The Evolution of ‘Like’ By John McWhorter

In our mouths or in print, in villages or in cities, in buildings or in caves, a language doesn’t sit still. It can’t. Language change has preceded apace even in places known for preserving a language in amber. You may have heard that Icelanders can still read the ancient sagas written almost a thousand years ago in Old Norse. It is true that written Icelandic is quite similar to Old Norse, but the spoken language is quite different—Old Norse speakers would sound a tad extraterrestrial to modern Icelanders. There have been assorted changes in the grammar, but language has moved on, on that distant isle as everywhere else.

It’s under this view of language—as something becoming rather than being, a film rather than a photo, in motion rather than at rest—that we should consider the way young people use (drum roll, please) like. So deeply reviled, so hard on the ears of so many, so new, and with such an air of the unfinished, of insecurity and even dimness, the new like is hard to, well, love. But it takes on a different aspect when you consider it within this context of language being ever-evolving.

First, let’s take like in just its traditional, accepted forms. Even in its dictionary definition, like is the product of stark changes in meaning that no one would ever guess. To an Old English speaker, the word that later became like was the word for, of all things, “body.” The word was lic, and lic was part of a word, gelic, that meant “with the body,” as in “with the body of,” which was a way of saying “similar to”—as in like. Gelic over time shortened to just lic, which became like. Of course, there were no days when these changes happened abruptly and became official. It was just that, step by step, the syllable lic, which to an Old English speaker meant “body,” came to mean, when uttered by people centuries later, “similar to”—and life went on.


Catch Us If You Can By Bruce Watson

On a brisk autumn afternoon in 1952, 16 wounded soldiers were brought aboard the Canadian destroyer Cayuga patrolling the Yellow Sea off the coast of Inchon, South Korea. Casualties of the Korean War, the men were in bad shape. Several would not survive without surgery. Luckily, the ship’s doctor had told the crew he was a trauma surgeon. Now, the portly, middle-aged man donned scrubs and ordered nurses to prepare the patients. Then he stepped into his cabin, opened a textbook on surgery and gave himself a crash course. Twenty minutes later, high school dropout Ferdinand Demara, aka Jefferson Baird Thorne, Martin Godgart, Dr. Robert Linton French, Anthony Ingolia, Ben W. Jones, and on this afternoon, Dr. Joseph Cyr, strode into the operating room.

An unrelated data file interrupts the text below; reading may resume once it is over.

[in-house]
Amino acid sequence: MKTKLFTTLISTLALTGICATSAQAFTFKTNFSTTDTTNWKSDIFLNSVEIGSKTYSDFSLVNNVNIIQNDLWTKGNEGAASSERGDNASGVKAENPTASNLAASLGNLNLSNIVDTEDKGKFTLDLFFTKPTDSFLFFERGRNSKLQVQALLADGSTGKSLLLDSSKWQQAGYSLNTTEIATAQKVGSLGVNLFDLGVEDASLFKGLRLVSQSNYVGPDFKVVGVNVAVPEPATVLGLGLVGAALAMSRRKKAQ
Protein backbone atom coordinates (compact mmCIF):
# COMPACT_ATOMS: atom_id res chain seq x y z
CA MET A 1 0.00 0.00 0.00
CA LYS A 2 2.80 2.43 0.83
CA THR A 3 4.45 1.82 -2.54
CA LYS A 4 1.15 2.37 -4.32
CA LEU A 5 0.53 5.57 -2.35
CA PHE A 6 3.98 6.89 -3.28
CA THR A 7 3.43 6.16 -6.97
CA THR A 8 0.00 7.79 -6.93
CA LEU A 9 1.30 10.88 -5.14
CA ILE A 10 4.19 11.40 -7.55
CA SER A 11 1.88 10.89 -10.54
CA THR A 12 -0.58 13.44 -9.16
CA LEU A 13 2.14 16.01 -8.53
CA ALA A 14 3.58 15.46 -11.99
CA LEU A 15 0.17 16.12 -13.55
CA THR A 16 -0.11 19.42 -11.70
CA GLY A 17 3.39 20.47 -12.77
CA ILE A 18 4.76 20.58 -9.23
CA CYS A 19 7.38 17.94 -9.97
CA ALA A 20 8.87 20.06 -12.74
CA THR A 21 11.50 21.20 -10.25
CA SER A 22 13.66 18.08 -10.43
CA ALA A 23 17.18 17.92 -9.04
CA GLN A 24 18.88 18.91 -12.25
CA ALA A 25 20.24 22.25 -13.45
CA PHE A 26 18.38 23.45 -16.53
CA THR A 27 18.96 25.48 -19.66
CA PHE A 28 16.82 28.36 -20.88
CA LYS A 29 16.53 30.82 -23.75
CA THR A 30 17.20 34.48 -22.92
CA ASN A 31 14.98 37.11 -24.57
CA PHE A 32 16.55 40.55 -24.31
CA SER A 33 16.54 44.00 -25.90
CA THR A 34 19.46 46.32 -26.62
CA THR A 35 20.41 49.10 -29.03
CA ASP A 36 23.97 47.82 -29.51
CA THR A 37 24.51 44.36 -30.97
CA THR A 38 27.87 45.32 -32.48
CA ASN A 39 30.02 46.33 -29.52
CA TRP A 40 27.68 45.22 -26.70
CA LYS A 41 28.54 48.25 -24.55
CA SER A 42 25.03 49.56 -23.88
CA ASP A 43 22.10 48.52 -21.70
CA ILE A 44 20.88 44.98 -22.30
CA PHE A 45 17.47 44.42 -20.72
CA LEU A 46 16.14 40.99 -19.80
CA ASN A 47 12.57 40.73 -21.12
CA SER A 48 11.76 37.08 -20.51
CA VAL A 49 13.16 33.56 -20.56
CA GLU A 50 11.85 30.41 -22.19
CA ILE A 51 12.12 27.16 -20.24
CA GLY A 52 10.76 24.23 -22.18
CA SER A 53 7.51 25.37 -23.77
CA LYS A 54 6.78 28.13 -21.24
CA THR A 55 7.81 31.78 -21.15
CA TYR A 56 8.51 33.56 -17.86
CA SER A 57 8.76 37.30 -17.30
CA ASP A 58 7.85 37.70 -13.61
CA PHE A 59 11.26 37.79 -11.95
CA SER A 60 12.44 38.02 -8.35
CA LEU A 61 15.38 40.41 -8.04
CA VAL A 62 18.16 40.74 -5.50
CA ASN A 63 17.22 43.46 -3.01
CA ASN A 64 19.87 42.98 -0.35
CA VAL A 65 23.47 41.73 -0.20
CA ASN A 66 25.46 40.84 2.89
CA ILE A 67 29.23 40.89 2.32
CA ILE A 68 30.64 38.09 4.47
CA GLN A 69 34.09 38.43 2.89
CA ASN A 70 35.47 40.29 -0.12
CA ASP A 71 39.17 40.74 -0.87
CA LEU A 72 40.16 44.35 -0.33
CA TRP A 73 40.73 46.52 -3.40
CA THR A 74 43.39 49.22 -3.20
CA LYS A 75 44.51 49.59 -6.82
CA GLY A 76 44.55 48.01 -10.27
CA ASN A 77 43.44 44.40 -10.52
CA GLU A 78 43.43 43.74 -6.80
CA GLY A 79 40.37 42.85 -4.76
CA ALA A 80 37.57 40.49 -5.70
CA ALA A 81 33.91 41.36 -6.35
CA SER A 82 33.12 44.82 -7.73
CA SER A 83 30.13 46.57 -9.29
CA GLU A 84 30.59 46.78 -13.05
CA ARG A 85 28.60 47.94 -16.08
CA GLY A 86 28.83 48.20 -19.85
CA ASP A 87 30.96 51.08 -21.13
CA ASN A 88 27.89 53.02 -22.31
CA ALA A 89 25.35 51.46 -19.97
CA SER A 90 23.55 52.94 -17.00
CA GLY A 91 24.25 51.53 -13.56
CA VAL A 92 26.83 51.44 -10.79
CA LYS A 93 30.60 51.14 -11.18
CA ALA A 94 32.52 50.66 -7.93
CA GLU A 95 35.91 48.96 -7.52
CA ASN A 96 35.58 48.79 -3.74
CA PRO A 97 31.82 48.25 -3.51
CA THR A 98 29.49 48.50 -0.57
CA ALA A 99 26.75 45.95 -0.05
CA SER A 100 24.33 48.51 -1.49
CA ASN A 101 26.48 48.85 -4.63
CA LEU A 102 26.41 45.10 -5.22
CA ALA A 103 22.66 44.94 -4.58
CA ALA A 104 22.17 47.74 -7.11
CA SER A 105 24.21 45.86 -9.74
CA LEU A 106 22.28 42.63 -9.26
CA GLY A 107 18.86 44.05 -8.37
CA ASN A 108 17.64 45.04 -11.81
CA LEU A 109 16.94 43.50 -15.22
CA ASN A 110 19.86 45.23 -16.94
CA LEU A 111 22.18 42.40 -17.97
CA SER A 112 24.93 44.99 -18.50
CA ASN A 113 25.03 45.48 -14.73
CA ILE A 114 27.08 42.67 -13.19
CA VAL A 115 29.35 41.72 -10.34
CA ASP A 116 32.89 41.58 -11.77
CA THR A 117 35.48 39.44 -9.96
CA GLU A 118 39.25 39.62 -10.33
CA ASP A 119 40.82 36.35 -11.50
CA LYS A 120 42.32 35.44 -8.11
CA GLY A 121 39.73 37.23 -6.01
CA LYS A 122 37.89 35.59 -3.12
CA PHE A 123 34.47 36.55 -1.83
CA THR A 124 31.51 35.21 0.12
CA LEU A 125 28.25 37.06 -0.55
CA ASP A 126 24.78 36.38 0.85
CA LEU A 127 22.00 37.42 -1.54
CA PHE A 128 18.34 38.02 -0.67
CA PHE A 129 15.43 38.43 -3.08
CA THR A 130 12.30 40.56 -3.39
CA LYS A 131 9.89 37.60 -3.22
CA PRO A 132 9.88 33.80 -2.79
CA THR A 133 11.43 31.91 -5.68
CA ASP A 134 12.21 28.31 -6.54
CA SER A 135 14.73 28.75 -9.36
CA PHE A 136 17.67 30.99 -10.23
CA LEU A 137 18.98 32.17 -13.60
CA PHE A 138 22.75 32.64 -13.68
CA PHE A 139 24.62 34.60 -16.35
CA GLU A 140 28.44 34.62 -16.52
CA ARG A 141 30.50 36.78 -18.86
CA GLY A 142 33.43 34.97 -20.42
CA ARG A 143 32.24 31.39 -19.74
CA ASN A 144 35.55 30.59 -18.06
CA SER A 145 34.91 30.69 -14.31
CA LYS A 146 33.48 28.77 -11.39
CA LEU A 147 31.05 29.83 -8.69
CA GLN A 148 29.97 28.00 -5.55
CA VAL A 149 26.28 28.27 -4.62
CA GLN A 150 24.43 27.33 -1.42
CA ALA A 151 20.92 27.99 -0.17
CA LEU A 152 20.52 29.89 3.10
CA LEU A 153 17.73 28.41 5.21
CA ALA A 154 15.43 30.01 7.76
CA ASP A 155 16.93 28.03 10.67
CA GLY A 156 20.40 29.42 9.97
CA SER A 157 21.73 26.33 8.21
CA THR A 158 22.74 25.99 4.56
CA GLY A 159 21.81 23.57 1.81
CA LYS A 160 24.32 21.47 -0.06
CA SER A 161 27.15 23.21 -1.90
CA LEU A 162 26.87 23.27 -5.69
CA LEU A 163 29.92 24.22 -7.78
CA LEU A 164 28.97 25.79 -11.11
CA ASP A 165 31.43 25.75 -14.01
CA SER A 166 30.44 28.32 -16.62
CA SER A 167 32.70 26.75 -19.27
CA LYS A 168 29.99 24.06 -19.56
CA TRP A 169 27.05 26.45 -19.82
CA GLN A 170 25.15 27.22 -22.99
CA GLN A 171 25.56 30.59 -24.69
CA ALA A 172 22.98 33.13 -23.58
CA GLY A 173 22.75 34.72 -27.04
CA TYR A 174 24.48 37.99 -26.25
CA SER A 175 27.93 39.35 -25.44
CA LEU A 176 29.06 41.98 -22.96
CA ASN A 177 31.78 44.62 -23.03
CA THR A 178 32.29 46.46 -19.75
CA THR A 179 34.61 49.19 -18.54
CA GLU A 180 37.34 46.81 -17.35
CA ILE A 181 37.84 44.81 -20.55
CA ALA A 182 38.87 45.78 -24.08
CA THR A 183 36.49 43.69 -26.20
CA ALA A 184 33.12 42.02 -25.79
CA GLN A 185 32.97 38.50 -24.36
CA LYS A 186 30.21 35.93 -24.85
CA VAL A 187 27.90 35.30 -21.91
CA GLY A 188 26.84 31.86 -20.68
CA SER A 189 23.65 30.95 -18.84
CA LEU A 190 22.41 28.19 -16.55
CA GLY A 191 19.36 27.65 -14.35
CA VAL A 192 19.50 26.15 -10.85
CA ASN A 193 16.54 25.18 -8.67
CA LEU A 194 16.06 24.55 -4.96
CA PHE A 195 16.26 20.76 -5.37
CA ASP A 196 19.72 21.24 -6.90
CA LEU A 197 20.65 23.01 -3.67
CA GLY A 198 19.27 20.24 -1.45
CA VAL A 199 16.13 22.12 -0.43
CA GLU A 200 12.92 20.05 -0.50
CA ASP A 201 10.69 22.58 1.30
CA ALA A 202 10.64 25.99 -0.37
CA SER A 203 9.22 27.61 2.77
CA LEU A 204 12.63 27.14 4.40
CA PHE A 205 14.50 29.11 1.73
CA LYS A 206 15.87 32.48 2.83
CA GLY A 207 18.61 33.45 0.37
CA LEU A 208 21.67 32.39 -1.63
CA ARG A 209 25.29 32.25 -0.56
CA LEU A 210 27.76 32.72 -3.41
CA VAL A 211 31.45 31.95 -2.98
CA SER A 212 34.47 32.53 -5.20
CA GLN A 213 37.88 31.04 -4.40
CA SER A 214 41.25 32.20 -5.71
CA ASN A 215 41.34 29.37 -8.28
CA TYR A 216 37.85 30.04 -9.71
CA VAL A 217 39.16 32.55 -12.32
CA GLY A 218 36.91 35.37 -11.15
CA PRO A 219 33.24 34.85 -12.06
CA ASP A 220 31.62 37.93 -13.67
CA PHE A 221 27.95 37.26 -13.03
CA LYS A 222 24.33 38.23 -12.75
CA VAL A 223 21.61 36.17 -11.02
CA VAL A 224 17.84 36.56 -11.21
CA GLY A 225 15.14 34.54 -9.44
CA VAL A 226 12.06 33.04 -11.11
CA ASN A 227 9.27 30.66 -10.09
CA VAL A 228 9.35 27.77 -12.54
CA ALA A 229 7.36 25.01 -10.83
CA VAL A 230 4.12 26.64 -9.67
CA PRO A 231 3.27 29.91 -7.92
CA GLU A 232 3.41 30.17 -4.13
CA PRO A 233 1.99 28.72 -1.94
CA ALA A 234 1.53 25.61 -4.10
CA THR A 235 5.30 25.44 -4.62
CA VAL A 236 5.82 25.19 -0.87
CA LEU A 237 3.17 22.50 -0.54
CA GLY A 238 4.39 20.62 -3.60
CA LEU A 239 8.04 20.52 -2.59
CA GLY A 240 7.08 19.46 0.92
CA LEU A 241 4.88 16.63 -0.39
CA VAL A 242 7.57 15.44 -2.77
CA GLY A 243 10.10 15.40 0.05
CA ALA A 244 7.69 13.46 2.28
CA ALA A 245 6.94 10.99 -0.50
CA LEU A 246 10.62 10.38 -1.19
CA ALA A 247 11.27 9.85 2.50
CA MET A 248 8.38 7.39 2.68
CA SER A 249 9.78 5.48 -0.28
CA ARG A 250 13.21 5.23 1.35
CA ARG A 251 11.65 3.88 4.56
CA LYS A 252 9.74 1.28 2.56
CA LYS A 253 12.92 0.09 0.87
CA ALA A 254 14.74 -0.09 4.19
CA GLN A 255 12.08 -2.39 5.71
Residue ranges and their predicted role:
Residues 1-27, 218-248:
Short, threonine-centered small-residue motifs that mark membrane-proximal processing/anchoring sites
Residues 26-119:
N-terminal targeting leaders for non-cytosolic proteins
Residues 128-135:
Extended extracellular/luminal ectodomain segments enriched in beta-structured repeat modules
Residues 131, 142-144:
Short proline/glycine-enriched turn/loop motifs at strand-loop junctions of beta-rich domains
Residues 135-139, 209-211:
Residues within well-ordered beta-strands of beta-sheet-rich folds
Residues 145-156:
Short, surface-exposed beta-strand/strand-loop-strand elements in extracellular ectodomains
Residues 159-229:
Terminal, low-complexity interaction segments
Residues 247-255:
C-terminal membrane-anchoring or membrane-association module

With a deep breath, the faux surgeon sliced into bare flesh. He kept one basic principle in mind. “The less cutting you do,” he told himself, “the less patching up you have to do afterward.” Finding a splintered rib, Demara removed it and extracted a bullet near the soldier’s heart. He was afraid the soldier would hemorrhage, so he slipped some Gelfoam, a coagulating agent, into the wound and it clotted almost immediately. Demara put the rib back in place, sewed the man up, and administered a huge dose of penicillin. Onlookers cheered.


His election that November came as a surprise…By Timothy Snyder

His election that November came as a surprise. The conservative intellectuals had made telling arguments against his racism and conspiracy thinking. Rival nationalists had mocked his affection for a foreign tyrant. Businessmen had explained that economic isolation could only harm an export economy. All to no avail.

His followers had faith, of course. They had roared at his rallies and echoed his slogans. They had come out to vote, in higher numbers than expected, especially working-class men and women. Even so, the results of the election were paradoxical. The left received 1 million more votes than his party. But due to the vagaries of the electoral system he was called upon to form a government. His followers exulted, but the various right-wing elites preserved their calm. Although they had failed to keep him from power, they were sure that they could control him. He was good at convincing his followers that he was a revolutionary and convincing others that he was harmless.

His administration was at first a coalition of the old right and his new right. The members of the major left-wing party, historically larger than his, had a sense that something was afoot. But the left was divided upon itself and unsure about its leadership; its own conflicts could, from moment to moment, seem more pressing than the affairs of the country as a whole. He did not invent the highway, as his propaganda claimed, but he did support public works. This sort of thing helped to confuse the left and the workers.



Confessions of a clickbait creator – AMAZING! LOL!

Perhaps I found myself in the viral content world because I made the careless mistake of taking an arts degree at university. For over half a decade afterwards, I was lucky enough to work as an actual journalist for a few quasi well-known publications.

But after years of trying, I gave up pursuing work with more esteemed outlets because colleagues with qualifications from prestigious institutions were more desirable hires.

After a round of layoffs at my publication and in hefty personal debt, I was forced to accept the first job I could find. So I took a role at a popular viral content site. The writers were young, mainly white men and women, who didn’t exactly pride themselves on cranking out posts about cute dogs and videos of someone almost dying.